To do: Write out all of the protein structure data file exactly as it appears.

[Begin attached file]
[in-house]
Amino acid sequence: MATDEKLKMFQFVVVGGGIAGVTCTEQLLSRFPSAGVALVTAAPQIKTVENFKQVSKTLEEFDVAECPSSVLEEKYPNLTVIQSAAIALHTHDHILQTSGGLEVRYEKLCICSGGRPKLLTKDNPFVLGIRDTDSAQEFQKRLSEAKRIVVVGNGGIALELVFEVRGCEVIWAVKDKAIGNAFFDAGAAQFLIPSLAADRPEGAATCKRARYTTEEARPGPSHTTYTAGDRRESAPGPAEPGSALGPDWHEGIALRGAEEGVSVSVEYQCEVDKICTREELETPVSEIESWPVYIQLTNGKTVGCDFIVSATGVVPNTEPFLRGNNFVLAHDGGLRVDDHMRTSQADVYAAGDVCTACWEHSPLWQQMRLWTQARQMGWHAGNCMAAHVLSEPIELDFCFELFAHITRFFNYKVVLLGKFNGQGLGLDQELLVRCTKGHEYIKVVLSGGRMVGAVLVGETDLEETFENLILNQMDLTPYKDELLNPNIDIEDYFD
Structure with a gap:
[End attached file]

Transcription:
[in-house]
Amino acid sequence: MATDEKLKMFQFVVVGGGIAGVTCTEQLLSRFPSAGVALVTAAPQIKTVENFKQVSKTLEEFDVAECPSSVLEEKYPNLTVIQSAAIALHTHDHILQTSGGLEVRYEKLCICSGGRPKLLTKDNPFVLGIRDTDSAQEFQKRLSEAKRIVVVGNGGIALELVFEVRGCEVIWAVKDKAIGNAFFDAGAAQFLIPSLAADRPEGAATCKRARYTTEEARPGPSHTTYTAGDRRESAPGPAEPGSALGPDWHEGIALRGAEEGVSVSVEYQCEVDKICTREELETPVSEIESWPVYIQLTNGKTVGCDFIVSATGVVPNTEPFLRGNNFVLAHDGGLRVDDHMRTSQADVYAAGDVCTACWEHSPLWQQMRLWTQARQMGWHAGNCMAAHVLSEPIELDFCFELFAHITRFFNYKVVLLGKFNGQGLGLDQELLVRCTKGHEYIKVVLSGGRMVGAVLVGETDLEETFENLILNQMDLTPYKDELLNPNIDIEDYFD
Structure with a gap: